How Do You Keep Fuel Economy Quiet?

Edward Niedermeyer
by Edward Niedermeyer
how do you keep fuel economy quiet

A GM NVH engineer brags:

[GMC] Terrain measured quieter than the Honda CR-V and Toyota RAV4 in our on-road interior noise tests. At 70 miles per hour, Terrain’s interior is quiet enough to allow conversation in normal tones of voice.

How did they manage that? Hours of engine tuning, right? Wrong.

When GM engineers set out to deliver segment-leading fuel economy on Terrain they chose to lower the 6-speed transmission’s gear shift points to enable the Ecotec 2.4L four-cylinder engine to run at lower rpm torque. In this “Eco” mode, which the driver can activate with a click of a button on the console, the torque converter clutch engages at lower engine speeds to help save gas. While the engineering action improved fuel efficiency by up to one mpg, it also created an objectionable low-end frequency boom. To counteract that boom the engineers turned to active noise cancellation technology.

Terrain’s noise cancellation system relies on two microphones embedded in the headliner to detect the hum and prompt an onboard frequency generator to create counteracting sound waves through the audio system’s speakers and sub-woofer. The system also reduces higher rpm engine noise at highway cruising speeds to help keep the vehicle interior quiet.

OK, that solution may not satisfy our desire to imagine engineers slaving over the details of engine tuning, but hey, it’s a solution. Too bad GM’s Theta CUVs have yet to live up to their MPG ratings in real-world testing.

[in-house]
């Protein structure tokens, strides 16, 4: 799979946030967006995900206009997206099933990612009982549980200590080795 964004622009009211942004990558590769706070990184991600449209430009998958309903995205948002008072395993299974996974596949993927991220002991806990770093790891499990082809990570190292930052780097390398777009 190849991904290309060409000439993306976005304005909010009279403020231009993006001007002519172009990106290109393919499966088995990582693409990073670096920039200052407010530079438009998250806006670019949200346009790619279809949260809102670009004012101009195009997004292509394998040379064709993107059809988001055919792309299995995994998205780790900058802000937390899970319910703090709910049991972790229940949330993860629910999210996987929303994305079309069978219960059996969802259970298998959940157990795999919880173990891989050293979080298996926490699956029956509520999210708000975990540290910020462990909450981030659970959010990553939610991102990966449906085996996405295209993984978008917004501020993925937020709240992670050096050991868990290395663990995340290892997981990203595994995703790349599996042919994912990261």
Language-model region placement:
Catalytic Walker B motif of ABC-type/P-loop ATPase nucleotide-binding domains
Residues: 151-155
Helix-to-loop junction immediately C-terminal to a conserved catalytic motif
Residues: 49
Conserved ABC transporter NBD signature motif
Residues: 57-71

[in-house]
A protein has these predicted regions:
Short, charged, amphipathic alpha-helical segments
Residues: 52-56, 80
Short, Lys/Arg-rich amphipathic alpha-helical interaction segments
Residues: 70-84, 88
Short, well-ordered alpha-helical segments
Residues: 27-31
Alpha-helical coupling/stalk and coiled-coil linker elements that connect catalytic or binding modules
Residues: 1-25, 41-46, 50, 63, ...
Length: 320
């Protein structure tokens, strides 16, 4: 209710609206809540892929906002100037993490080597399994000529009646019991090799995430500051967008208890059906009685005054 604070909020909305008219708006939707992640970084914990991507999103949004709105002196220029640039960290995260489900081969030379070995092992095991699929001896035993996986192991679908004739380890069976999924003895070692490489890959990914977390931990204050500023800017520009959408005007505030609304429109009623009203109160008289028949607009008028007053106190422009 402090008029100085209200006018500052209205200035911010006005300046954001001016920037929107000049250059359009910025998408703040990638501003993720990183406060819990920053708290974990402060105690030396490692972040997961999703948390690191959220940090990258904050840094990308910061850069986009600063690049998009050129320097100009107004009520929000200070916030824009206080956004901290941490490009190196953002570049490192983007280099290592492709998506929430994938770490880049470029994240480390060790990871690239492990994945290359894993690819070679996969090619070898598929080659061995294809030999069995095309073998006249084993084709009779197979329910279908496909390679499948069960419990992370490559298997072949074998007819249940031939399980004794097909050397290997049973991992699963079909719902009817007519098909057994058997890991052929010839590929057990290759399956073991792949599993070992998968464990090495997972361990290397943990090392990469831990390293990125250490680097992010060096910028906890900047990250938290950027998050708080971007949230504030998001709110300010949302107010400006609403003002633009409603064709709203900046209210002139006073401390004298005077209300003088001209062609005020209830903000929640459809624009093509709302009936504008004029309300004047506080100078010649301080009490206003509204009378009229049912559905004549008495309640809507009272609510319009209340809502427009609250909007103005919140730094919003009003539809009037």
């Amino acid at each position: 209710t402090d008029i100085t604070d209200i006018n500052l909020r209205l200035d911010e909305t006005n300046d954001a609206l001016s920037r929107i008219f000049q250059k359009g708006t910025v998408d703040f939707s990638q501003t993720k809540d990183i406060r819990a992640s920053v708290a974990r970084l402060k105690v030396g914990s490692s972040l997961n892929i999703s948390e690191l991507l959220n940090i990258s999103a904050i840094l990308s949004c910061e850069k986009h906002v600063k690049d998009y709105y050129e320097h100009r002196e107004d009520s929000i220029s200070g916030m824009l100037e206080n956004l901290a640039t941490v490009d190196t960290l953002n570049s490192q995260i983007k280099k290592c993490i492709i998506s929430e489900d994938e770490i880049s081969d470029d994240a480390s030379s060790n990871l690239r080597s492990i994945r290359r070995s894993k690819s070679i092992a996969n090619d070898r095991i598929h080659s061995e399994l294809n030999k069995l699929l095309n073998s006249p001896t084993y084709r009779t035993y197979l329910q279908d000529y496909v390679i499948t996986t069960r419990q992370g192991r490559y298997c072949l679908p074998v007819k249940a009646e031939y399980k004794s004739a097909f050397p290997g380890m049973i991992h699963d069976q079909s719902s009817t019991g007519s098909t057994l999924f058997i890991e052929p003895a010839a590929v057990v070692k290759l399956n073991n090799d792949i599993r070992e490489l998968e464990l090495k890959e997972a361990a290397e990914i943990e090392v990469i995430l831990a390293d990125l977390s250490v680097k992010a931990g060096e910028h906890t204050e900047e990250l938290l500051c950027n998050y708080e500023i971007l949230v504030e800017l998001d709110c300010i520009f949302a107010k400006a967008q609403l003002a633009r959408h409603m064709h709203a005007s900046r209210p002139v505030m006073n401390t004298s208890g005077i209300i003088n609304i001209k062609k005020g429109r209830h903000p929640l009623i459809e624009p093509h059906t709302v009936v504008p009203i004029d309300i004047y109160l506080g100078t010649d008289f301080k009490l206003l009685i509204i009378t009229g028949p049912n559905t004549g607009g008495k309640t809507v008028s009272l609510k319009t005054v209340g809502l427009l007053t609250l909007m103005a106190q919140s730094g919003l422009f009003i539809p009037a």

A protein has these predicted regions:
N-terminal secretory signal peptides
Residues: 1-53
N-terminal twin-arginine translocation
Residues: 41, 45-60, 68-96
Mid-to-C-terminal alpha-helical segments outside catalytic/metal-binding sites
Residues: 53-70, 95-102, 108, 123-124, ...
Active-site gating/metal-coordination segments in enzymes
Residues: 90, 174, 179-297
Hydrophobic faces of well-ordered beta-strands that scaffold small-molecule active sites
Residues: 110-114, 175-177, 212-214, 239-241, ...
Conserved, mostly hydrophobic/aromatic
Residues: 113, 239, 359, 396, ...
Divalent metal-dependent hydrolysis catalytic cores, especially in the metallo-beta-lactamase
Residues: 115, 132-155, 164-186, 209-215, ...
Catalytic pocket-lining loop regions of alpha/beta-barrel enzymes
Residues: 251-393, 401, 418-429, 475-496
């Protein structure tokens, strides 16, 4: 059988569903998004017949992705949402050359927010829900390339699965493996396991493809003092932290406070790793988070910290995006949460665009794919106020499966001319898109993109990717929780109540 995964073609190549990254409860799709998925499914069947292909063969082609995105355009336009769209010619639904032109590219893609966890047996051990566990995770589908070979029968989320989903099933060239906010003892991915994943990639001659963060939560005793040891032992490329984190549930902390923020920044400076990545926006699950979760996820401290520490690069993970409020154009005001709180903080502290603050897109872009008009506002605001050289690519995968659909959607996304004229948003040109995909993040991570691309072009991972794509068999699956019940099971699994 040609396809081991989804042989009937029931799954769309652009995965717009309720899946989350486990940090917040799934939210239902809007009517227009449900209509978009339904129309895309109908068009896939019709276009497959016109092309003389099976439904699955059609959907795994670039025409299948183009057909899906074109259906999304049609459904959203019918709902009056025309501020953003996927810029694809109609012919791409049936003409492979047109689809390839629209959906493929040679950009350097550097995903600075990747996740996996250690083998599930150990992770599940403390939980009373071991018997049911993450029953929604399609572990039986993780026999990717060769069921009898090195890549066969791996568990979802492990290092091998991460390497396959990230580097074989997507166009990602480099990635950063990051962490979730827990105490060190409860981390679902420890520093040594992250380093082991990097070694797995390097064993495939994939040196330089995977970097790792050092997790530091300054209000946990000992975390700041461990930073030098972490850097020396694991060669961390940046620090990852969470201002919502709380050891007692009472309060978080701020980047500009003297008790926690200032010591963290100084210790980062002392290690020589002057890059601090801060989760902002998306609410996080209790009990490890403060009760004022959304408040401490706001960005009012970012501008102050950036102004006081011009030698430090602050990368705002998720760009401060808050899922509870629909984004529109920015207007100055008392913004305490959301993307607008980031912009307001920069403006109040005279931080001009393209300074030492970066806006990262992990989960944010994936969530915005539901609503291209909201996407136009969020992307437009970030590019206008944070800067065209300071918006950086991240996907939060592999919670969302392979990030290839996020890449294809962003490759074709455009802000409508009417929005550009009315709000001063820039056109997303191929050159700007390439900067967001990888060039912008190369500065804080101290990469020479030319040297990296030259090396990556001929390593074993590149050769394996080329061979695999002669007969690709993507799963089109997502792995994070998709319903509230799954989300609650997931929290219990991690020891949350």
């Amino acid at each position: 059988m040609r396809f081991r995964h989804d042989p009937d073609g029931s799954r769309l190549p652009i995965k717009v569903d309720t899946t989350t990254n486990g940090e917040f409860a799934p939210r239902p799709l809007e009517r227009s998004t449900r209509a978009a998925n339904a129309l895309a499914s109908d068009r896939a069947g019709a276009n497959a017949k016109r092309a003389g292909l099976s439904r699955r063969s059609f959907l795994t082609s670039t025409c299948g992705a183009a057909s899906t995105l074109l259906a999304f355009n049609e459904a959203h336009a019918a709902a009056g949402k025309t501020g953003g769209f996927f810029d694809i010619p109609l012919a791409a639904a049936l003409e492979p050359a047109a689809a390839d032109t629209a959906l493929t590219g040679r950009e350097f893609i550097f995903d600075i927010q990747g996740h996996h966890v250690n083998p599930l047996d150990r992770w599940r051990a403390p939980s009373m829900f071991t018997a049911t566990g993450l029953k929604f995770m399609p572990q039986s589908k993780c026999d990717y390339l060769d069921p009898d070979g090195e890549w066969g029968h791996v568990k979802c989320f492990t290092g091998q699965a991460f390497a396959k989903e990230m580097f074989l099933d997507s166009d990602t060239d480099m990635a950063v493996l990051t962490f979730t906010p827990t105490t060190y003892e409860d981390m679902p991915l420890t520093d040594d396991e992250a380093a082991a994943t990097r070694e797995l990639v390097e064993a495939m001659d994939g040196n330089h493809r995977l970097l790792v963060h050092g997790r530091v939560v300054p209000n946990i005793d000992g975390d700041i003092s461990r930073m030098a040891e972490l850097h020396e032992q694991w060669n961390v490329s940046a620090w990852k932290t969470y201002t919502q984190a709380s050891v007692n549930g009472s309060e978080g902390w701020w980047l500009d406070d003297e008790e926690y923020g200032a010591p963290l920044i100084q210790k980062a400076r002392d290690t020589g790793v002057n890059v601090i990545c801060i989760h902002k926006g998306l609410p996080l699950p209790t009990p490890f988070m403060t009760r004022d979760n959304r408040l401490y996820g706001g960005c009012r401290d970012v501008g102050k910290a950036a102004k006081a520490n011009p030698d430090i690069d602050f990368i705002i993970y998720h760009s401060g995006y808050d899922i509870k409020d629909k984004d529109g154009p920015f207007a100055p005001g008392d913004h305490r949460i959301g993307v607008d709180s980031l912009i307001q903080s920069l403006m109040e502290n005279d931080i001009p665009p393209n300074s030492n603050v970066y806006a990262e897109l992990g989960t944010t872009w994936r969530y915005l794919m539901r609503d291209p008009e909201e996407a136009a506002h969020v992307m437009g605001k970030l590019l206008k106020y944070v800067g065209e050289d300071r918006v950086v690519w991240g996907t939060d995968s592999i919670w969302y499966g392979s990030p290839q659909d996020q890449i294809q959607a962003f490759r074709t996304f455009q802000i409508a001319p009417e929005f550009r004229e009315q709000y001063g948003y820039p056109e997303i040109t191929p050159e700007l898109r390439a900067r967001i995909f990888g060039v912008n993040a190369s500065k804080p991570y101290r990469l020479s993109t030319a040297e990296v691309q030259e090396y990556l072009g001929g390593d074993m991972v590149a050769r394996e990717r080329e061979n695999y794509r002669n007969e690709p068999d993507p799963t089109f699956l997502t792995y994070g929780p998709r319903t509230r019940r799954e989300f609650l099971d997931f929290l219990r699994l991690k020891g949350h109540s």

Join the conversation
4 of 31 comments
  • Bridge2farr Bridge2farr on Feb 28, 2011

    I've seen noise cancellation in the Ecotec motors for at least the past 6 years. Hardly anything new from GM as they have had this technology in place for some time now.

  • Jerseydevil Jerseydevil on Feb 28, 2011

    I wonder how it works? One of the things that I like about my DTS is how wonderfully quiet it is. Both inside and outside noises are almost not there, its awesome. I wonder if these technologies can quiet down my Golf, which is way more fun, but way more noisy.

  • Accs Accs on Feb 28, 2011

    Ya could just put some sound deadening under the hood, thicker / laminated glass... Wouldn't know the difference. On the other hand.. If the motor doesnt sound right... well people in these damn things wouldnt know any better anyway.

  • Carve Carve on Feb 28, 2011

    It's about time. This technique has great potential to reduce vehicle weight. Sound deadener, insulation, thick glass, etc. all weigh a lot, and can be thinned out with active cancelation.